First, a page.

Scientists Are Peeling Back the Layers of the Zika Virus

The more we know, the easier it will become to fight the virus.

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Jan 13 2017, 11:00am

Image: theilr/Flickr

As researchers fervently search for a vaccine for Zika, a virus that causes birth defects, a new study gives us a better look of what we're dealing with.

Having a better idea of the structure of a virus will help other researchers understand its nuances as they work to create a vaccine and plan strategies to contain Zika, which began spreading across South America, Central America and the Caribbean in 2015. A study published this week in Nature Structural & Molecular Biology shows what an immature Zika virus looks like.

Researchers found the genome of the virus is cased inside multiple layers, including a lipid membrane, an envelope protein, a precursor membrane protein and a capsid protein. The capsid protein's location was an especially important discovery, the study stated, because that protein is important in the process of creating more viruses.

Thick black arrows indicate the densities between the inner RNA core and the viral membrane in immature ZIKV. Image: Nature Structural and Molecular Biology

"I think these findings open the door to begin to explore the assembly process of the virus," said Richard Kuhn, director of the Purdue Institute of Inflammation, Immunology and Infectious Disease, in a release. "We see clear differences between the structure of the immature virus and the mature virus... We need to study what these changes are and why they occur."

Using cryo-electron microscopy, researchers looked at the virus at a resolution of 9 Ångstroms, about 1,000 times better resolution than a traditional light microscope can manage, the release states.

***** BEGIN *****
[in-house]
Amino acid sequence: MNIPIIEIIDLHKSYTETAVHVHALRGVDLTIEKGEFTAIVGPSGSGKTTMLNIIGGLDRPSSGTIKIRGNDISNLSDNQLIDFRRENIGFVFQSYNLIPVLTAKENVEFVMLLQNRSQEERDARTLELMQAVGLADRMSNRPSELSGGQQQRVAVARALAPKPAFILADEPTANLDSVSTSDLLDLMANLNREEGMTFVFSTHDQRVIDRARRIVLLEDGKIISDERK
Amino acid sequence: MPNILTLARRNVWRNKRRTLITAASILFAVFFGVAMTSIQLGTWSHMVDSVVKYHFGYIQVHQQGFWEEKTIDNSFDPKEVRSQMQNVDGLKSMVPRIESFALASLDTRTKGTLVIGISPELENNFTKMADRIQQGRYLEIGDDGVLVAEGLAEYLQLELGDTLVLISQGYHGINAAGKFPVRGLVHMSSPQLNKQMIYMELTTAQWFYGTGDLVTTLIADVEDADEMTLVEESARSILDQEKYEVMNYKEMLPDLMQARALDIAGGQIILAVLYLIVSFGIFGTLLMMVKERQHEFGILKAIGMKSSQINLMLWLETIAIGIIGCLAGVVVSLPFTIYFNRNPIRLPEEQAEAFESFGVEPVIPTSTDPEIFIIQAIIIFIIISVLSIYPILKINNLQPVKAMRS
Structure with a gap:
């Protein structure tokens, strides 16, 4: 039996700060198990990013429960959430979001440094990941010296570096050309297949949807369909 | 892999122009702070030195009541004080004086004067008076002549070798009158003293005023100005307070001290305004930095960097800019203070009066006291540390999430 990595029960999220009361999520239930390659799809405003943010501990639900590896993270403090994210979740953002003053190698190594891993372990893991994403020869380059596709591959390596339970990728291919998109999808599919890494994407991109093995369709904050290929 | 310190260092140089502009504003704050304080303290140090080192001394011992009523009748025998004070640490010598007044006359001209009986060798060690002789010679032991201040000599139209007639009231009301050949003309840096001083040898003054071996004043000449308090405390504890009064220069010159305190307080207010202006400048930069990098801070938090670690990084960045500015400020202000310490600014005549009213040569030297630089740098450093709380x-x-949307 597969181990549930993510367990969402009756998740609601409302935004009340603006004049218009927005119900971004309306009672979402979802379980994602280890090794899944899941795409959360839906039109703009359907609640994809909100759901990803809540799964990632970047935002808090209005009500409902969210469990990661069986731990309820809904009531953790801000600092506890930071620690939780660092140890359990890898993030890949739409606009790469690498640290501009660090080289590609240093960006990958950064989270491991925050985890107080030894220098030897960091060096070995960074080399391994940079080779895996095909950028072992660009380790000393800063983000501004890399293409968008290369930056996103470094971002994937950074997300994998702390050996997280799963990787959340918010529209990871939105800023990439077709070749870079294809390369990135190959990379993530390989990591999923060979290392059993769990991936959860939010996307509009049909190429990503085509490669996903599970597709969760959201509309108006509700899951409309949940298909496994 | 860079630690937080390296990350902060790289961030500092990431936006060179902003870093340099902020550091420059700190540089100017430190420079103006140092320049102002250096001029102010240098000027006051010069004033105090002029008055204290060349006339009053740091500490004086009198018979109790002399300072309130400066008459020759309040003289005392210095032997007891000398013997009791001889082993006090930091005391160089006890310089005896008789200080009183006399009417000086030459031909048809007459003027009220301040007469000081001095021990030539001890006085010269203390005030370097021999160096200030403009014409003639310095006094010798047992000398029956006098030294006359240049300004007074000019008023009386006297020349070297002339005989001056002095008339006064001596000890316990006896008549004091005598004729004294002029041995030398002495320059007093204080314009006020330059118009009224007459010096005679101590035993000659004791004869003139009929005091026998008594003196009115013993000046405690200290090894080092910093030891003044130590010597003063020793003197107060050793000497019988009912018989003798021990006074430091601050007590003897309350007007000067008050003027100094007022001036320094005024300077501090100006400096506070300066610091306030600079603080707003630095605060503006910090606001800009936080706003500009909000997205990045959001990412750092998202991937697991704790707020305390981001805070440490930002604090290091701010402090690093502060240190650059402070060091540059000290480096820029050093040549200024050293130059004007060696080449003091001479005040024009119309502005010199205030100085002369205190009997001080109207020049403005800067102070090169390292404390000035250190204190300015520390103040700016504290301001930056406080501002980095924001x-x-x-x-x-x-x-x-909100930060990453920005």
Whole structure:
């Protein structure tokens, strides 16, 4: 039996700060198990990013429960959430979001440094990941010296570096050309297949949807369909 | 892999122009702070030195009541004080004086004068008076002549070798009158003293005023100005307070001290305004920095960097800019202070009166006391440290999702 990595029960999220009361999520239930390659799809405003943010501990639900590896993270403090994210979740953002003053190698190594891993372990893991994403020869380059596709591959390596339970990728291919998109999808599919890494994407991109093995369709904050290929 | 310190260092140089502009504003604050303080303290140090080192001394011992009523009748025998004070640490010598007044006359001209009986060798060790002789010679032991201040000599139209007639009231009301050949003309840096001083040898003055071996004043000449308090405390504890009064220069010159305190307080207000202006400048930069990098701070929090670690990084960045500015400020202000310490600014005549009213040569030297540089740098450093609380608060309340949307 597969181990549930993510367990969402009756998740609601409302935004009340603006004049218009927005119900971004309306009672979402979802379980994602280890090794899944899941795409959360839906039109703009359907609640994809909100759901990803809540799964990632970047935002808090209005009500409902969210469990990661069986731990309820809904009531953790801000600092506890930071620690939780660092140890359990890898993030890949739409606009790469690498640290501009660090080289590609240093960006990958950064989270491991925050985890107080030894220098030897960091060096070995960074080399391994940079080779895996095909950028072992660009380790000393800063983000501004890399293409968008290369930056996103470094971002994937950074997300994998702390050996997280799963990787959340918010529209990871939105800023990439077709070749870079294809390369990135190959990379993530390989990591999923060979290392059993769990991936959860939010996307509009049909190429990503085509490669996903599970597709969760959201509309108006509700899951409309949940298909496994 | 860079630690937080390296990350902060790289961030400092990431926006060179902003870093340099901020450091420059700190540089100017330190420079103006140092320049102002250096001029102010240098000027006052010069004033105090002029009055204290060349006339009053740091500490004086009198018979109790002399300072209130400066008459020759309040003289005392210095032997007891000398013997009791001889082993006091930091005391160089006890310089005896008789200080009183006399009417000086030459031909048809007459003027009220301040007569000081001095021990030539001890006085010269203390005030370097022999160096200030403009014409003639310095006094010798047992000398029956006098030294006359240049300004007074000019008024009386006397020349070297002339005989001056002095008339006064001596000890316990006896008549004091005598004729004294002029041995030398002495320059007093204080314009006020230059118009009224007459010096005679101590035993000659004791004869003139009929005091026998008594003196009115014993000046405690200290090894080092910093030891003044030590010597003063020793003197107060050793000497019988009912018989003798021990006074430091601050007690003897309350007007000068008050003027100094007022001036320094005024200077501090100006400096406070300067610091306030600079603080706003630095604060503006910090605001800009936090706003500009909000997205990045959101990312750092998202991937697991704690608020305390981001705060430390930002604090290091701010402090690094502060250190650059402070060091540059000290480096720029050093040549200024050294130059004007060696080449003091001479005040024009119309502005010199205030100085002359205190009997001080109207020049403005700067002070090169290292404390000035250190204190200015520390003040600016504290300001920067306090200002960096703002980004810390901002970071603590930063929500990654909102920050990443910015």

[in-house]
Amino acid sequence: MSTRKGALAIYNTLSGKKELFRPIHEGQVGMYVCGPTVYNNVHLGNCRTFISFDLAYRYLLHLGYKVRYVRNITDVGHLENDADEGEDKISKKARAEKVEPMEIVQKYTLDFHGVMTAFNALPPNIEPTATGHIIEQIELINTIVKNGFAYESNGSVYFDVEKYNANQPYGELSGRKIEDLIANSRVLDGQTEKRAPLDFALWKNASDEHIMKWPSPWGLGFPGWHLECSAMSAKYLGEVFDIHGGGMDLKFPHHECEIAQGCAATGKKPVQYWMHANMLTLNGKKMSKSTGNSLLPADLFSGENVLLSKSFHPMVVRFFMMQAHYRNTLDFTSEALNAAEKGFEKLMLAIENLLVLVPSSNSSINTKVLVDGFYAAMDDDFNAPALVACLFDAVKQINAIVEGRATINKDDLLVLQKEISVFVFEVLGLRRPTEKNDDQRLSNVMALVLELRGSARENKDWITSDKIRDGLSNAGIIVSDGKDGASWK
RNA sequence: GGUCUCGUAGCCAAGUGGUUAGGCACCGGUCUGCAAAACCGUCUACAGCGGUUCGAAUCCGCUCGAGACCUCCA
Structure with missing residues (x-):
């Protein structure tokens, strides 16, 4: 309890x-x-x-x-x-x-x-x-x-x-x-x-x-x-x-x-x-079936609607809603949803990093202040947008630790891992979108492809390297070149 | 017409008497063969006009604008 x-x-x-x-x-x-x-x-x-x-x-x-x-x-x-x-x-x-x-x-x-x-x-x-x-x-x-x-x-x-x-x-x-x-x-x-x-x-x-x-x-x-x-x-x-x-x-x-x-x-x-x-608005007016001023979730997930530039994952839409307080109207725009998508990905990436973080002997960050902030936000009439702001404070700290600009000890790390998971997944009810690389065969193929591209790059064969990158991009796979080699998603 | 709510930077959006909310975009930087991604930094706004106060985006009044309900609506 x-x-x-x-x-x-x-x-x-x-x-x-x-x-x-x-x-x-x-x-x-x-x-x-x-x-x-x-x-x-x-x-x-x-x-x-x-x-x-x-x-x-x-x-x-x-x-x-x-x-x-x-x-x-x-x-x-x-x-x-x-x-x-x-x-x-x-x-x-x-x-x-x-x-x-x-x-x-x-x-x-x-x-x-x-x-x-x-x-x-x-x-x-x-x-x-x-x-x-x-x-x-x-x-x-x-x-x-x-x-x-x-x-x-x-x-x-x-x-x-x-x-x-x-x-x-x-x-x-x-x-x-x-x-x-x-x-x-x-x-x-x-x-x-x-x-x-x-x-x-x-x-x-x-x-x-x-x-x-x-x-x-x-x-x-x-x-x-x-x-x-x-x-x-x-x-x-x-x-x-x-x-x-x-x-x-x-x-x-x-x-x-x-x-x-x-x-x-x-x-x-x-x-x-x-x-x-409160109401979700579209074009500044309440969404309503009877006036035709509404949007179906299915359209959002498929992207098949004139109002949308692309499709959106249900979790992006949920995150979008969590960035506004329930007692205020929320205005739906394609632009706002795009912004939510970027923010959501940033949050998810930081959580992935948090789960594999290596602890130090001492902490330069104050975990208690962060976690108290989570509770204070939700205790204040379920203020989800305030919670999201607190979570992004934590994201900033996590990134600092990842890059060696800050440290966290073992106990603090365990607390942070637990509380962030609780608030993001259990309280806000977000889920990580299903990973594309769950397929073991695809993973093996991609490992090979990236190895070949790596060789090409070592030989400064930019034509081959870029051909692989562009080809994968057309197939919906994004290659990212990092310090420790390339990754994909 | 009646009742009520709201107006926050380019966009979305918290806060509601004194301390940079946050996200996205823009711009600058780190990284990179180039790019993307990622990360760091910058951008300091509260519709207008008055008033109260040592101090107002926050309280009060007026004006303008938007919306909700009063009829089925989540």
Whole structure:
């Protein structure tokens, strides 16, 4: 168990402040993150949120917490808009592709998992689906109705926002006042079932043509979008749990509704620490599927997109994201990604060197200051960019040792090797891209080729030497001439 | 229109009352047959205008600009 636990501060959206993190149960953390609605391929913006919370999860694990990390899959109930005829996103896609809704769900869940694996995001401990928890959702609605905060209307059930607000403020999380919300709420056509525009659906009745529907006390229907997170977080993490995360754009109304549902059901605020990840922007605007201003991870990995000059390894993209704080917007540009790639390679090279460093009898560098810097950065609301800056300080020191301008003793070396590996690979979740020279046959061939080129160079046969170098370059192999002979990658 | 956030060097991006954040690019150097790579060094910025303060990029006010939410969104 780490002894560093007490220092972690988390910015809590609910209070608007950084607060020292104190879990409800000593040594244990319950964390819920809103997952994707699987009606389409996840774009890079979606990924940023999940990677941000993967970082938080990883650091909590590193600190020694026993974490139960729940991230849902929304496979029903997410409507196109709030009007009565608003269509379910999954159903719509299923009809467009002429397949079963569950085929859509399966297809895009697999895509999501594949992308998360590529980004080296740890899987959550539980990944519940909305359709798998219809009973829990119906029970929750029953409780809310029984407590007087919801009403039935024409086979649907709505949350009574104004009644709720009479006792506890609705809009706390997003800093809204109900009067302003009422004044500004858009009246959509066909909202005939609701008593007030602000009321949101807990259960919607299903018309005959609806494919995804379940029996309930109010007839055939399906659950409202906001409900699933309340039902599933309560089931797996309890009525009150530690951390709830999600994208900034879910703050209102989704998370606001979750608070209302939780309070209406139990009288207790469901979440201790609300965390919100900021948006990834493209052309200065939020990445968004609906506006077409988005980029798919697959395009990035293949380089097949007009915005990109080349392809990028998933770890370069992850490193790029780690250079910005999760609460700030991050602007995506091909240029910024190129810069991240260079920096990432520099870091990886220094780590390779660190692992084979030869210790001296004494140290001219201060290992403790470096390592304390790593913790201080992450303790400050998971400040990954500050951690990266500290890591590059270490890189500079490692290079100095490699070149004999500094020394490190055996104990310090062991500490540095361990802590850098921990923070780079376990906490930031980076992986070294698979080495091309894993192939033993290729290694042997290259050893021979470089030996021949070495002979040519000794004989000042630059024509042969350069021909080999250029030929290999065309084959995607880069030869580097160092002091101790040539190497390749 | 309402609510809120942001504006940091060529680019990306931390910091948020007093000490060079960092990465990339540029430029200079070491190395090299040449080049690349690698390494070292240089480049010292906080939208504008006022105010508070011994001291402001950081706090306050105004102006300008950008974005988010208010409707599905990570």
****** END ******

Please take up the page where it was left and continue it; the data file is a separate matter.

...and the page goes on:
Zika is a flavivirus, and they are known to be enveloped viruses. Imagine an onion's layers, and you have a rough picture of what the layering inside a flavivirus looks like. Other layers researchers mapped out are also important in understanding how the Zika virus works, such as the envelope protein, which helps the virus attach itself to a host cell to spread.

The immature Zika viruses tested were created by using mosquito cells that were infected by with the virus. The researchers prompted the viruses to replicate, and then took a look at the immature versions of the virus.

While mature viruses usually are responsible for causing the spread of a virus, understanding the virus at all stages is an important step toward creating a preventative medicine or cure, the study stated. Viruses in general are notoriously difficult to cure with medicine—everything from the flu to AIDS are viruses—and often the host has to wait for their body to fight off the virus, but vaccines that give the human host immunity are more common (hence flu shots). Of course, anti-viral medicines exist, but so far researchers have been more focused on creating a preventative vaccine.

Zika has been a persistent and misunderstood virus, but new research could herald a better way to stop it from harming more families.

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